It’s great at acquisition. They probably knew the product. They’re probably willing to say yes very easily.
Yeah, because driving and getting pulled over, never mind that, but if we could hurt or kill someone it’s also very costly and painful. They knew who their client was right in the beginning on who to go after. They knew what their target was which is what our first point was. I think this tenure thing is so interesting and important because companies now are like, if you want to get ahold of somebody, it’s like trying to reach your state senator on a Sunday morning sometimes.
It’s basic customer service stuff. I see companies going, “Let’s go that route. Let’s not talk to people. Your call is very important to us. Please remain on the line for 47 minutes while we wait and listen to our ridiculous music.” The thing is if we take that same concept and employ that in the recruiting, onboarding, training, and retention model, we’re treating that person who’s going to be a huge asset to our company just like we’re treating a very poor client experience.
You are setting the culture for how they’re going to treat their account.
Now, it’s like, “My company is mediocre. My company doesn’t care. The heck with it. I’m going to sell at any cost.” I just sold three products that we don’t even have but it’s not my problem. I’m going to collect my commission. Let these operations and engineering people figure all this out. They’ll do stuff like this. I know this because I’ve done it in my career over time. It’s one of those things. Yes, folks, even 1% earners do these things in the selling capacity. What you are saying is to make sure this is just like you would treat a customer and take it through that process. I’ve never heard it put this way before. It’s not necessarily a unique concept but it’s such a powerful concept.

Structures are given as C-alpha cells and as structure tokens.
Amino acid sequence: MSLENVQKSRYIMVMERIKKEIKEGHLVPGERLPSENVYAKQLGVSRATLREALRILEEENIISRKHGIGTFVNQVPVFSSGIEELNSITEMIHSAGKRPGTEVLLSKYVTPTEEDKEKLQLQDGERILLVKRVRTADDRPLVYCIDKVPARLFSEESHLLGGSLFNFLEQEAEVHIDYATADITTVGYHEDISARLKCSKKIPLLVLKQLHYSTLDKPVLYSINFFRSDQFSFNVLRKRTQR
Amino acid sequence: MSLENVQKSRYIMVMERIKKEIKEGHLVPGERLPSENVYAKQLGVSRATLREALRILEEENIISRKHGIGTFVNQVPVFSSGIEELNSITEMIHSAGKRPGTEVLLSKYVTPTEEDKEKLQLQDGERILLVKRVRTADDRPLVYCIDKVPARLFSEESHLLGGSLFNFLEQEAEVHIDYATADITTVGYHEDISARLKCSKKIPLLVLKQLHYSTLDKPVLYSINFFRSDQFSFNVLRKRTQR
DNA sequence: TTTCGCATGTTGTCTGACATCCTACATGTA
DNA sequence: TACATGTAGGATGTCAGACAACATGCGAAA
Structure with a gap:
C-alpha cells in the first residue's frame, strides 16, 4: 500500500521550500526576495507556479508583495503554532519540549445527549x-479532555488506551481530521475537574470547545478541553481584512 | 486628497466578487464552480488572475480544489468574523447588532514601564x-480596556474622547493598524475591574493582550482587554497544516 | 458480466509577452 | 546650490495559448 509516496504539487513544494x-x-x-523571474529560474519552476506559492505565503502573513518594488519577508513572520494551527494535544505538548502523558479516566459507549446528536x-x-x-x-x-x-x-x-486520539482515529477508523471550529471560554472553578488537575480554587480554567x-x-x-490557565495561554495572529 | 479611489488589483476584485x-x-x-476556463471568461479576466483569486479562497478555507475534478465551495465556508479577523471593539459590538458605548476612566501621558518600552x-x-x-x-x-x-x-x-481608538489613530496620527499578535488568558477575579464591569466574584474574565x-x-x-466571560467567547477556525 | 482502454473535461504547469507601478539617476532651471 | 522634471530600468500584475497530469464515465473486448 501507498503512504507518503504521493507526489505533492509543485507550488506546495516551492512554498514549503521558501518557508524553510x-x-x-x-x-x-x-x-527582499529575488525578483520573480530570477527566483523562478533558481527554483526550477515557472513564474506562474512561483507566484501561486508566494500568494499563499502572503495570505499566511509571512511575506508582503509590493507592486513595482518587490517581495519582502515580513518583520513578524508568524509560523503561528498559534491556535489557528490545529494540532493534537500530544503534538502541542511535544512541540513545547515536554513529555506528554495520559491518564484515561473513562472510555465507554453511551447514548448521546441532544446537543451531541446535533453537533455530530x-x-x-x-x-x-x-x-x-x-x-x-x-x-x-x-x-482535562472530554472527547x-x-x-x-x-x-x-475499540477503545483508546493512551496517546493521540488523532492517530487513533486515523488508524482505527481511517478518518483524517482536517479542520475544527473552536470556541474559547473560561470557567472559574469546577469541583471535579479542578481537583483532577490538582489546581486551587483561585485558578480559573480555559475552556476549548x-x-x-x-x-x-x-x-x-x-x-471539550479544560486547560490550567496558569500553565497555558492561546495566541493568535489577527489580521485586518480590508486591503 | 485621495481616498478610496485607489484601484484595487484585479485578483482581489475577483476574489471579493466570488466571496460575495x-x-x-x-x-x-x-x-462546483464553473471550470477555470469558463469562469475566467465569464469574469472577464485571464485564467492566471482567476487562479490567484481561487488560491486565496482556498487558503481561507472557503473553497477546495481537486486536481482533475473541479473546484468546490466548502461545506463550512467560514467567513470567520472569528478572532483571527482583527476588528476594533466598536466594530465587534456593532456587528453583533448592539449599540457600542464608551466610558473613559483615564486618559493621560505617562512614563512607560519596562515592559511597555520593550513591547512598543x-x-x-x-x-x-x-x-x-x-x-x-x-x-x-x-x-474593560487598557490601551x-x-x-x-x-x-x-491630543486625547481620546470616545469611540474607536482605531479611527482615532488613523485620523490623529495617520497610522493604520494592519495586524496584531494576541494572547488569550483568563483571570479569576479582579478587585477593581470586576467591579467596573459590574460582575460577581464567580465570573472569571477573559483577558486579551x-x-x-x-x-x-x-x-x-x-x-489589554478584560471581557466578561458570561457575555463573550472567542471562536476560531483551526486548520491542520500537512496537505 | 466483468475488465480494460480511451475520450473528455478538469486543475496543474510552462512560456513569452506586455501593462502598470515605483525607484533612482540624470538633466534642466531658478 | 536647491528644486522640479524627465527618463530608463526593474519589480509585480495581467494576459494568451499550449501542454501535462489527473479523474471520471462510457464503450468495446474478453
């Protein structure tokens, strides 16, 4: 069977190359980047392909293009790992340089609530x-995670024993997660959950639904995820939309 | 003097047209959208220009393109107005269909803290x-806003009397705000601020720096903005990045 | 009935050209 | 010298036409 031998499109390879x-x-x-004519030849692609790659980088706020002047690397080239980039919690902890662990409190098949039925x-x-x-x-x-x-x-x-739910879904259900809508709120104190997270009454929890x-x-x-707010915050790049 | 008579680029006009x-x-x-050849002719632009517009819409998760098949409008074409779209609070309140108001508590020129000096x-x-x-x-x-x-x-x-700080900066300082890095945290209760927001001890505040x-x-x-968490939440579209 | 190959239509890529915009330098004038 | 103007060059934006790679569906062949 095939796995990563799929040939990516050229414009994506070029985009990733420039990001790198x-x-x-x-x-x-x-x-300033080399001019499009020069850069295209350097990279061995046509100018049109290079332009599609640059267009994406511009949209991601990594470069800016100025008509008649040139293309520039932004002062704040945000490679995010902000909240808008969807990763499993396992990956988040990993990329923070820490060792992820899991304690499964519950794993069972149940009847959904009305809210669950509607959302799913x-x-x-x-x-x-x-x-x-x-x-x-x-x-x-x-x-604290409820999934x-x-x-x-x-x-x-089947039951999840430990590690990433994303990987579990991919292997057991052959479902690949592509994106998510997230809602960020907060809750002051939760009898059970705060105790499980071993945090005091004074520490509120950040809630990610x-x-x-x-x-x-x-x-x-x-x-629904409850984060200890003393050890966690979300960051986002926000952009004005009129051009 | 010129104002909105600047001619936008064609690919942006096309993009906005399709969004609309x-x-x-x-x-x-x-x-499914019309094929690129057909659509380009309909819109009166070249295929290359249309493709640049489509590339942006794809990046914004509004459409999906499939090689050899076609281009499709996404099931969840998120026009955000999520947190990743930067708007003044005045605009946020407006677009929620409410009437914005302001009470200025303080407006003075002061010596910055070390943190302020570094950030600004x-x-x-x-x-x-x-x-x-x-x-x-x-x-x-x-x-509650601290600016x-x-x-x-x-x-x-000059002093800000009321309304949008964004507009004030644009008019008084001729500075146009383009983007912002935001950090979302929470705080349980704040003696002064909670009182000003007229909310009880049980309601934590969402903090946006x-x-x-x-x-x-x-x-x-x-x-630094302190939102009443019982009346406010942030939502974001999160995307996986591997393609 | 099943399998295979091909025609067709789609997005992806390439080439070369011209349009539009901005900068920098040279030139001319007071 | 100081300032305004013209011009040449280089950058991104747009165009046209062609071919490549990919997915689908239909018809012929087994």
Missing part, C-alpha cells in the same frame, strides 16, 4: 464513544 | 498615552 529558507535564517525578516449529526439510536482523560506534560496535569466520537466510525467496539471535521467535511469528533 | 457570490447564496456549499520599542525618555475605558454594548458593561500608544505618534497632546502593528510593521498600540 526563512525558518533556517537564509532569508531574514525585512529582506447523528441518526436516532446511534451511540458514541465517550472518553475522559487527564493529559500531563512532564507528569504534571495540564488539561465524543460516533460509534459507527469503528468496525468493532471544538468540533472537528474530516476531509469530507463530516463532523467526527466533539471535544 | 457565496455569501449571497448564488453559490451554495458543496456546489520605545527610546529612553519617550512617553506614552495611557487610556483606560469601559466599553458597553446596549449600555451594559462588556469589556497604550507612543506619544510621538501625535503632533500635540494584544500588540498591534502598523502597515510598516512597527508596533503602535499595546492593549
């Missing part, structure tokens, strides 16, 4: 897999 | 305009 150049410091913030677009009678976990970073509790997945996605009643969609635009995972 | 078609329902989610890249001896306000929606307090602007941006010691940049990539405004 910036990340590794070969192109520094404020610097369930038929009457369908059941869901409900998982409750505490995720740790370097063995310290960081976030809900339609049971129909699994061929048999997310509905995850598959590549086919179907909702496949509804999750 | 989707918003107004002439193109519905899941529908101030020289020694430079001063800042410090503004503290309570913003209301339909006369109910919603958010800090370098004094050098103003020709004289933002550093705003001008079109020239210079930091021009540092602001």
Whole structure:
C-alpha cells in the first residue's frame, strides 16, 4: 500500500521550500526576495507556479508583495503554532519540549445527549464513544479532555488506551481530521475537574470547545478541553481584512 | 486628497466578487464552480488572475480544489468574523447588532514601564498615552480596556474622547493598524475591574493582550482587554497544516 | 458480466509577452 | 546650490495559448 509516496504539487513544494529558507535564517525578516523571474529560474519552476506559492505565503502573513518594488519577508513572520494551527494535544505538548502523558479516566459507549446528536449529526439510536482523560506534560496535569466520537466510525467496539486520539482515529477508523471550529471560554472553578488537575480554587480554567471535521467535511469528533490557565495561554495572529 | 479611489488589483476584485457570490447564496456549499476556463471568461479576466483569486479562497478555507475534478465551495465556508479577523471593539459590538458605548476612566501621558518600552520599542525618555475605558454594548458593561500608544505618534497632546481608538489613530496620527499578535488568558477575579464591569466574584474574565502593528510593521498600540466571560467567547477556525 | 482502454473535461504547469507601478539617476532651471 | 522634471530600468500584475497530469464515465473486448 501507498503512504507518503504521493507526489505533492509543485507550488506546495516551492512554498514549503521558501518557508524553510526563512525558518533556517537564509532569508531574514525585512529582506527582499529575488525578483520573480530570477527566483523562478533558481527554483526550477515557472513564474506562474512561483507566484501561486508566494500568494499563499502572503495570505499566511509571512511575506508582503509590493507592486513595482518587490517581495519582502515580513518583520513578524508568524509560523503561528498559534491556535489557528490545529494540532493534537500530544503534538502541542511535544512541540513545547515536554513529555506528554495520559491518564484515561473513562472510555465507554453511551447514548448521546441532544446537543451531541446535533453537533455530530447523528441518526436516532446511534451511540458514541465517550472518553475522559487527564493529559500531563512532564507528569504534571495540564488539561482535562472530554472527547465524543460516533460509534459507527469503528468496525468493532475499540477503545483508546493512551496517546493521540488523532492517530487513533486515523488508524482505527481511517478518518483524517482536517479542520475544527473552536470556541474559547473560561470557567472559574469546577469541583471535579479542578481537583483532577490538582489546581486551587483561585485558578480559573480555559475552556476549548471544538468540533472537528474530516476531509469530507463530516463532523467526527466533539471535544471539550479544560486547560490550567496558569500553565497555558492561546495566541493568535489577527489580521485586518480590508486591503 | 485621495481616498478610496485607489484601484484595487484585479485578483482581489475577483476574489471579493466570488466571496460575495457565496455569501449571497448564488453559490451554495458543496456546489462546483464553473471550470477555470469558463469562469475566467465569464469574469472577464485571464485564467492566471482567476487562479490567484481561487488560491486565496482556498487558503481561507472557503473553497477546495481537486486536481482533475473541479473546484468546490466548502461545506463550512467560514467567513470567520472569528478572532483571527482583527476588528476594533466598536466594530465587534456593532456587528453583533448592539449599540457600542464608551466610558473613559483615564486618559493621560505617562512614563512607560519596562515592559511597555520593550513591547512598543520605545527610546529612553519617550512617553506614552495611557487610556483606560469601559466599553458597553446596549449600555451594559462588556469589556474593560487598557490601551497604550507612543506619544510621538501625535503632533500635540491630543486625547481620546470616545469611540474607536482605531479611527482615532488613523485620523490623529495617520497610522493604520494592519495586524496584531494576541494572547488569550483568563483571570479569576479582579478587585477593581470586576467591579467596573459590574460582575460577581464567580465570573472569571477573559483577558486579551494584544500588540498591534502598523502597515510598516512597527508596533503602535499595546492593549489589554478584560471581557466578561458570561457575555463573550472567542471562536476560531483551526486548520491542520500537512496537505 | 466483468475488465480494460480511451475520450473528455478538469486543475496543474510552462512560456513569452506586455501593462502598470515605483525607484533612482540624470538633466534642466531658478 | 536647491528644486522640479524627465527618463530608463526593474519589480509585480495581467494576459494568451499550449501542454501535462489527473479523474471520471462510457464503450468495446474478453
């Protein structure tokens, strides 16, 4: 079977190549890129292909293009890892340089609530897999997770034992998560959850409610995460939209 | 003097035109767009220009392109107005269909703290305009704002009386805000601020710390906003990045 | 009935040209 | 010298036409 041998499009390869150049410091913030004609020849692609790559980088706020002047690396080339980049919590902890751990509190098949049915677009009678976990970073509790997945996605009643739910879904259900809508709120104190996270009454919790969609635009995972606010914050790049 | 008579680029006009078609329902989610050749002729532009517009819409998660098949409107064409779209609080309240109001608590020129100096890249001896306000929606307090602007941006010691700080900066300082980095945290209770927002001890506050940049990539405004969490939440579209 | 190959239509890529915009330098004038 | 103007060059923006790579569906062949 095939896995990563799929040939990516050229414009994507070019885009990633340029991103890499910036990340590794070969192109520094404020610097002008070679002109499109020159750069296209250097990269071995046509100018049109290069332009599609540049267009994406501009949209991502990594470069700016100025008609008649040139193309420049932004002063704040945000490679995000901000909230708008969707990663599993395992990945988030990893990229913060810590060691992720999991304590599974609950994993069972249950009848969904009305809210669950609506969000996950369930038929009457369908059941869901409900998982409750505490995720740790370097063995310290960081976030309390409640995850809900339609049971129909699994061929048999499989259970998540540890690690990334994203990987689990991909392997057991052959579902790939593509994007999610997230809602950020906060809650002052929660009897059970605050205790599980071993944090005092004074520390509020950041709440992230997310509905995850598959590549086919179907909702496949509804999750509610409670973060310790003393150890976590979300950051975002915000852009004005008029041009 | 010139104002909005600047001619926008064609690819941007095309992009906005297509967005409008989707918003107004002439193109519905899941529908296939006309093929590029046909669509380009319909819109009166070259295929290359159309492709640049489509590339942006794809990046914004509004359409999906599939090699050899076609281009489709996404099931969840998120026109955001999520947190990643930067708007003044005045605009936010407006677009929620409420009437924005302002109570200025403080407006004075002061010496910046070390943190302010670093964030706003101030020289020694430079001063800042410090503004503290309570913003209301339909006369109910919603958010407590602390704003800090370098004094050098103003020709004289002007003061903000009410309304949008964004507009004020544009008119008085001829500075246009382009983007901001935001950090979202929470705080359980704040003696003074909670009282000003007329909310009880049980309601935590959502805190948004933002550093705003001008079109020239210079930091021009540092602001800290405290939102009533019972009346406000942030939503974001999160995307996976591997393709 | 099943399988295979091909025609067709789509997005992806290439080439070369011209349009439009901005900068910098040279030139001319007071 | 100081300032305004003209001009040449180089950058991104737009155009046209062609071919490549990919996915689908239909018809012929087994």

It’s what I need to hear and not just some novel thing. I’m big on these ideas of anchoring on things we already do or behaviors we already do, and how in the real world that is so weird. For example, the guys from Drift. It’s an online marketing platform competing with HubSpot and stuff. I remember the owner saying, “The way we do internet sales right now is as if you were walking down retail stores.”
You wanted to go into a retail store and they said, “Write out a little letter and stick it through the mailbox slot, and then we’ll get back to you in a couple of days. We can then open the door and we’ll set up a time to look at shirts.” It’s that skeuomorphic format of what it’s like for a customer online like, “That is what we do.” What I’m trying to explain to people is to look at the customer experience and how bad it’s playing out if this rep was a customer.